As a fan of actor Michael Shanks, I had to turn into Burn Notice and watch this episode called Sins of Omissions. While this spy series is in its second season, I hadn’t seen it until Shanks recurred in four episodes in season two. The first was the very dramatic introduction to his character of Victor in Bad Blood. His second appearance was just a brief bit at the very end of Truth and Reconcilations, which aired right before the show that I’m reviewing here.
I do get a kick out of series star Jeffrey Donovan. He has an alluring voice that is curious to me. I don’t know what there is about it, but when he talks, I want to listen. Donovan plays Michael Weston, a spy who is off the charts now because he was burned. His quest for two seasons has been trying to find those responsible for the burn. Until he does, he doesn’t have a chance of getting his life back.
Though I was watching the show for Shanks, he really only had a few scenes, sandwiched in between scenes that focused on the main story for the night. I just love Shanks’ character of Victor, though. He’s a crazed, probably a bit insane Black Ops operative who is a nemesis of Weston’s, or maybe not. We really don’t know the whole story at this point. They’ve fought each other, and now they may actually call a truce and work together.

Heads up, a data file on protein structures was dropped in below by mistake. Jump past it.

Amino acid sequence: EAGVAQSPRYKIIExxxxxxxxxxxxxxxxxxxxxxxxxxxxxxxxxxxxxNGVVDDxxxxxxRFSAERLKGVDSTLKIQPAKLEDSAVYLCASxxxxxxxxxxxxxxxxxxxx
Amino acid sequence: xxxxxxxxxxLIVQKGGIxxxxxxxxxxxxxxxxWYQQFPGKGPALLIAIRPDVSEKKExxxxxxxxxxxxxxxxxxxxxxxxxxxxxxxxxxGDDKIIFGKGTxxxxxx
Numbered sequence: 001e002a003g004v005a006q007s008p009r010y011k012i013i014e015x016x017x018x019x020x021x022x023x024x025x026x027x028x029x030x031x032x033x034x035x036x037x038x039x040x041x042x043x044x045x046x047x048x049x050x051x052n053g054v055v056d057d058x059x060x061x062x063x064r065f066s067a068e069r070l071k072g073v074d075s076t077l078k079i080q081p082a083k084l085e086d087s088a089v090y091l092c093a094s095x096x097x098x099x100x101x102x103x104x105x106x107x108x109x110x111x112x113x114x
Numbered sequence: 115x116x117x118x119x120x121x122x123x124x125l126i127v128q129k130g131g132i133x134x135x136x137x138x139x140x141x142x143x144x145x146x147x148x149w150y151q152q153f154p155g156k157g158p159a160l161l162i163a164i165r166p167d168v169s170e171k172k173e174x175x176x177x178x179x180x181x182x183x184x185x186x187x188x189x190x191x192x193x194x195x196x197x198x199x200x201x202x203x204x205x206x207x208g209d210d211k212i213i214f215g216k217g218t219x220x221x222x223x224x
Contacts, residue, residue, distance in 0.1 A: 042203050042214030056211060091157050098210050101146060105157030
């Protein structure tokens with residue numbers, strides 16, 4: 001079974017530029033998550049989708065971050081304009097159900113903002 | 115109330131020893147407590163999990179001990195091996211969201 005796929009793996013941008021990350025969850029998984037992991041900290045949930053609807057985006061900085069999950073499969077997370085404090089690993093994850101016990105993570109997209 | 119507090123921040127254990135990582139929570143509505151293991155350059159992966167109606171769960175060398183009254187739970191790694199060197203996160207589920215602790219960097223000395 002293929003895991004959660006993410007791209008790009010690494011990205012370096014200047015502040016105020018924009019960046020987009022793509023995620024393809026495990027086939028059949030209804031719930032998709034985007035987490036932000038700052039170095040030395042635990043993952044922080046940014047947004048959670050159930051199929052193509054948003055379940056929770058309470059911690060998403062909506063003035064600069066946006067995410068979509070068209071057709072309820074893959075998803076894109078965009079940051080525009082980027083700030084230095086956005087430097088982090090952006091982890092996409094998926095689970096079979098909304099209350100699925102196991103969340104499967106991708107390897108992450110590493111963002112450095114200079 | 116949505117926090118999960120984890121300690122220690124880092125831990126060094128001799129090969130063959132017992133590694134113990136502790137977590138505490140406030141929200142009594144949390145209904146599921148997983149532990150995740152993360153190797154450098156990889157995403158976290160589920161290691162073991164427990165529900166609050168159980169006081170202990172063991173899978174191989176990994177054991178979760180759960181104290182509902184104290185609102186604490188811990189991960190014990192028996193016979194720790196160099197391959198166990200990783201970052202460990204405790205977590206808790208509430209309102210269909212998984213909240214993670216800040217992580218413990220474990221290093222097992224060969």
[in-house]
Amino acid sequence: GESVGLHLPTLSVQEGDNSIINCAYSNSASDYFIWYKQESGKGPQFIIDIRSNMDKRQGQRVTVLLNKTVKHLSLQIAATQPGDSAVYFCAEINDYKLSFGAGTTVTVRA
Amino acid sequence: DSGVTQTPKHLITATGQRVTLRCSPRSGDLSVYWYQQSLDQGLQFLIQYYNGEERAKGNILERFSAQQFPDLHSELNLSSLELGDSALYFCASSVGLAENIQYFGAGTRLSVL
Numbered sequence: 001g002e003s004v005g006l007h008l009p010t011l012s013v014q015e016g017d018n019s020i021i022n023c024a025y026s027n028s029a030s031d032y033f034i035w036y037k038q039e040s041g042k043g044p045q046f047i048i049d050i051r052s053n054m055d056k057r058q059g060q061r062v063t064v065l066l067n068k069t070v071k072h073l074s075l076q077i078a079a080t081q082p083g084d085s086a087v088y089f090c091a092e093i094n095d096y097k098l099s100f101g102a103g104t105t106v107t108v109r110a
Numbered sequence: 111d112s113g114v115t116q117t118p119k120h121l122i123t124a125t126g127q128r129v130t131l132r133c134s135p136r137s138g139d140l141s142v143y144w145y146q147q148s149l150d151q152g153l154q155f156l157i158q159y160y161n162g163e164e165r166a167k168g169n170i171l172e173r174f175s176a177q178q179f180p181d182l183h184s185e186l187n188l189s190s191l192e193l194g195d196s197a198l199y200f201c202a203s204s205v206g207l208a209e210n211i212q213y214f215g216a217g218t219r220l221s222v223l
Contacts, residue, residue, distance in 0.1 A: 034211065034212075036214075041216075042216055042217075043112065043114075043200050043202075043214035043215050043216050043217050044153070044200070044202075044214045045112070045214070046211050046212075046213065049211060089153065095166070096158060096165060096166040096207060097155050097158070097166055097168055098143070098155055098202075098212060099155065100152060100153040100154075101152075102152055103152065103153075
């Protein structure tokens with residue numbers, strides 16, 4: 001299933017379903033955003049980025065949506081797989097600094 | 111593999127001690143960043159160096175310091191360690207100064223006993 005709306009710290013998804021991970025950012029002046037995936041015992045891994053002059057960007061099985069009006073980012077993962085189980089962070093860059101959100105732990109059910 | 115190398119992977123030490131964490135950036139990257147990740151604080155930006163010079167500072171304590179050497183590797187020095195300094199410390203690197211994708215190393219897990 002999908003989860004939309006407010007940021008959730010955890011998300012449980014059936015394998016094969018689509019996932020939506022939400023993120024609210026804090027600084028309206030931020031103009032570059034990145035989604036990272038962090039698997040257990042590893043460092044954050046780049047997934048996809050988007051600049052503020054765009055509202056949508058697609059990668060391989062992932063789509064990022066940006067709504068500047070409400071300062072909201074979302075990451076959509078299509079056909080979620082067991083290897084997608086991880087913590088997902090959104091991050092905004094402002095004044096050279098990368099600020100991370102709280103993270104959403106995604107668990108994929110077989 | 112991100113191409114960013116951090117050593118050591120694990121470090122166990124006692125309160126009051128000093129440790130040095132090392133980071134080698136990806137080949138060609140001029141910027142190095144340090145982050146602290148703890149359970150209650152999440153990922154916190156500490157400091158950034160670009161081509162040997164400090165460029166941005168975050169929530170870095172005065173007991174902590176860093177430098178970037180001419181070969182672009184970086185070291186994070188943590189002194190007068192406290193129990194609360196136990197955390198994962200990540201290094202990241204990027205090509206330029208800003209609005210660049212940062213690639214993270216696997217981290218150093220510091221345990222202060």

In the final scene of the show, Weston and Victor fight in the men’s room. It actually made me laugh a little because Weston used a laser on Victor to gain the advantage, and that reminded me of all the times on Shanks’ series, Stargate SG-1, where he was the victim of a similar object, called the ribbon device. Both stun. It was just a moment of deja vu for me.
The main plot of Sins of Omission was a woman named Samantha who shows up unexpectedly. She and Weston had worked together before and were an item. This instantly pitted her against Fiona (Gabrielle Anwar), who has had a romantic relationship with Weston and still works with him now. I liked the angle of this story because it wasn’t all that soap opera-ish. It actually served to move Weston’s and Fiona’s feelings along. It was an intelligently written plot and in all honestly, it’s the most intrigued I’ve been in a plot that didn’t involve Shanks since I began tuning in to Burn Notice from time to time.
Sharon Gless and Bruce Campbell are both co-stars in Burn Notice, and each does a great job in their roles. They are wonderful performers that add to the series.